Slax...or every jedi must make his own lightsaber

Slax is a portable version of Linux that can be run from a cd-rom, a flash drive, or even launched from a hard drive. What makes Slax so special is how easy it is to modify. Slax is made up of modules and magic.

The by default Slax runs a simple KDE desktop. It can be extended by adding modules to it. Modules can be downloaded from the internet while it is running and installed and used immediately. There is also a "modules" folder for adding modules that will run when slax is started. There is a limited amount of memory and a limit to how many modules can be loaded. There is also a folder called "optional" where you can place modules that you want to load only when they are going to be used. For example you could load one set of modules for reformatting a hard drive (gparted). At another time, load a set of modules for working with encrypted file systems (truecrypt). At another time, load a set of modules for recovering pictures from a memory stick (testdisk).

Then for the magic. There is a folder called "rootcopy" when slax boots the followng happends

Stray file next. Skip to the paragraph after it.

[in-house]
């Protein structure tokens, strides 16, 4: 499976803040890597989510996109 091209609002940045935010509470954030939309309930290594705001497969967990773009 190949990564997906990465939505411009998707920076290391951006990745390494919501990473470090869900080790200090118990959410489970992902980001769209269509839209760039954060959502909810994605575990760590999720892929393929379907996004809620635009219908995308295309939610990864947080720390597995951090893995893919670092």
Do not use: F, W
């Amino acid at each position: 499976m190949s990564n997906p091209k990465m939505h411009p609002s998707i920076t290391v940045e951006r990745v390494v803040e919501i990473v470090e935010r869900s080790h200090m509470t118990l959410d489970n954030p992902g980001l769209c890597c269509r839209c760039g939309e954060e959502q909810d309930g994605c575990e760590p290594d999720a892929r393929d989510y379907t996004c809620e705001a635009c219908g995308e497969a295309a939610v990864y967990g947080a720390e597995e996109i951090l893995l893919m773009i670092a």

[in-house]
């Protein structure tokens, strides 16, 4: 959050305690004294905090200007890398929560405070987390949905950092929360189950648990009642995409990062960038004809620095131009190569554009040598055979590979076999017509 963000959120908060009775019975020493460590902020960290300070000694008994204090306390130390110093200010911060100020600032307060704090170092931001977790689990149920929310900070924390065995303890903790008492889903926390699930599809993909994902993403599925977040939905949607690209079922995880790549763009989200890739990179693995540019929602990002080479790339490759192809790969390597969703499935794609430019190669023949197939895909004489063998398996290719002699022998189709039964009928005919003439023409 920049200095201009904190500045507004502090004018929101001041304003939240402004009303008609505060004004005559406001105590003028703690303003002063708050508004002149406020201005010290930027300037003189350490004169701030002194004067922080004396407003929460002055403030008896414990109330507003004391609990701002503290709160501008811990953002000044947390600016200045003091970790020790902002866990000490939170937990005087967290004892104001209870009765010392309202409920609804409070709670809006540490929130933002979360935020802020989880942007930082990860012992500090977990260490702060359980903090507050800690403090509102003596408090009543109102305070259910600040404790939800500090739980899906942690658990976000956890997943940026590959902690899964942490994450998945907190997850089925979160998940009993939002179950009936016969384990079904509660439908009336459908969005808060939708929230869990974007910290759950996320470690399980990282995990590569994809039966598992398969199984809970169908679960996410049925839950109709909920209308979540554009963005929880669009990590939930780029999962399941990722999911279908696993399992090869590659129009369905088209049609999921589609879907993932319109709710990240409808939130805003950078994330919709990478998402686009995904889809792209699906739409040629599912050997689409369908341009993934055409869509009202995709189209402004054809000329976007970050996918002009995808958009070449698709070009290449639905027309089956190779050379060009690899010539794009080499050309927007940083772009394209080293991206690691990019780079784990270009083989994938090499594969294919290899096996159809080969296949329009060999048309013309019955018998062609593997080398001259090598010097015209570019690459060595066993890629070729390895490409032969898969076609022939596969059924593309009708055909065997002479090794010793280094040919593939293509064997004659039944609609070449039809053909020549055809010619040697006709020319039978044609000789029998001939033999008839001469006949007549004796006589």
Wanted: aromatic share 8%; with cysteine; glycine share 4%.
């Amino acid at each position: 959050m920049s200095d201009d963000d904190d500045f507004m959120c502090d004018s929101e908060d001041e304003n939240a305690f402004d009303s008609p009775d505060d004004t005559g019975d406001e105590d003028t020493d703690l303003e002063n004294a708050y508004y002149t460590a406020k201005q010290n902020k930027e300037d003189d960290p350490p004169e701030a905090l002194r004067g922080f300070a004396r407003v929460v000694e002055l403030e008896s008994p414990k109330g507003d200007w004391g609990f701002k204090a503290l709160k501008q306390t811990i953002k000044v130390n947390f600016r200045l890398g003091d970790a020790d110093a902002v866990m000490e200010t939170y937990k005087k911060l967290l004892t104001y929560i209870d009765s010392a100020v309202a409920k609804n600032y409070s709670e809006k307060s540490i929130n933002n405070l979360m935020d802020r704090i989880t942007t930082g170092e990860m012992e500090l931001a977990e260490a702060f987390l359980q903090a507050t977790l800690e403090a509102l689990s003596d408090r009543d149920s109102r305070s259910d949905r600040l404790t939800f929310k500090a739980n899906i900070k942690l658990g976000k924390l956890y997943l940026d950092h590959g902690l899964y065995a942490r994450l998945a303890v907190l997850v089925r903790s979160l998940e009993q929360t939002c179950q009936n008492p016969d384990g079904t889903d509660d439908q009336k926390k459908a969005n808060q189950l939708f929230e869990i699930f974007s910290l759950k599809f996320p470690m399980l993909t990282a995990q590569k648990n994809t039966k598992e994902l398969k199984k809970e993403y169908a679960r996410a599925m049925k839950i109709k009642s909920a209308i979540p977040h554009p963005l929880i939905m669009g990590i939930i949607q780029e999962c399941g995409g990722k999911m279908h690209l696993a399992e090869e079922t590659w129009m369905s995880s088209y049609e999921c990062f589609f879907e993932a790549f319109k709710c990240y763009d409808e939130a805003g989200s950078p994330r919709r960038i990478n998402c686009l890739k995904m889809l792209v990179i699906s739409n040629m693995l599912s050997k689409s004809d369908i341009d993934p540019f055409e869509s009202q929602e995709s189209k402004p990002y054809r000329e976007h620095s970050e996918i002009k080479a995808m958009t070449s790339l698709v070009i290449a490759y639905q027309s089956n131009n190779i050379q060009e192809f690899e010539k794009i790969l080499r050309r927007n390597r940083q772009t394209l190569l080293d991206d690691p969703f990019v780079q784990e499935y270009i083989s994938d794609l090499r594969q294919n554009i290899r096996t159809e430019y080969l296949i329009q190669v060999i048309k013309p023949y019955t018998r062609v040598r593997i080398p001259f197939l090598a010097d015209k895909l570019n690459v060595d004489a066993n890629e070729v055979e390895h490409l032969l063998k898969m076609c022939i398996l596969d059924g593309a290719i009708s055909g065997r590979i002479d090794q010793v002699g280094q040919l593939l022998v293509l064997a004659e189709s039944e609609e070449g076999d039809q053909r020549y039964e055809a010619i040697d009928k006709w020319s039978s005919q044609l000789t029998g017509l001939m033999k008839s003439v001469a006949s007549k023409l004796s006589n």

1. The kernel loads
  2. The base modules for linux, x, kde, etc are loaded.
  3. Services are started
  4. Modules from the "modules" folder are loaded
  5. Everything in root copy is copyed to the root of the linux system.
  6. rc.local is run
  7. a text prompt or kde session starts.
So it is possible to drop in scripts and files into users folders. Scripts can be run before users are logged in, or a kde session can be started and KDE can autorun any programs or scripts desired.

A typical Linux guru can install slax on a memory stick, set the stick to be bootable, copy modules into the modules folder. Copy files into the rootcopy folder. Then have a customized copy of linux that does exaclty what they want it to do. That is the beauty of Slax. Any other live Linux distro can be remastered. However it takes much more work and skill to do so. Slax makes it easy and fun.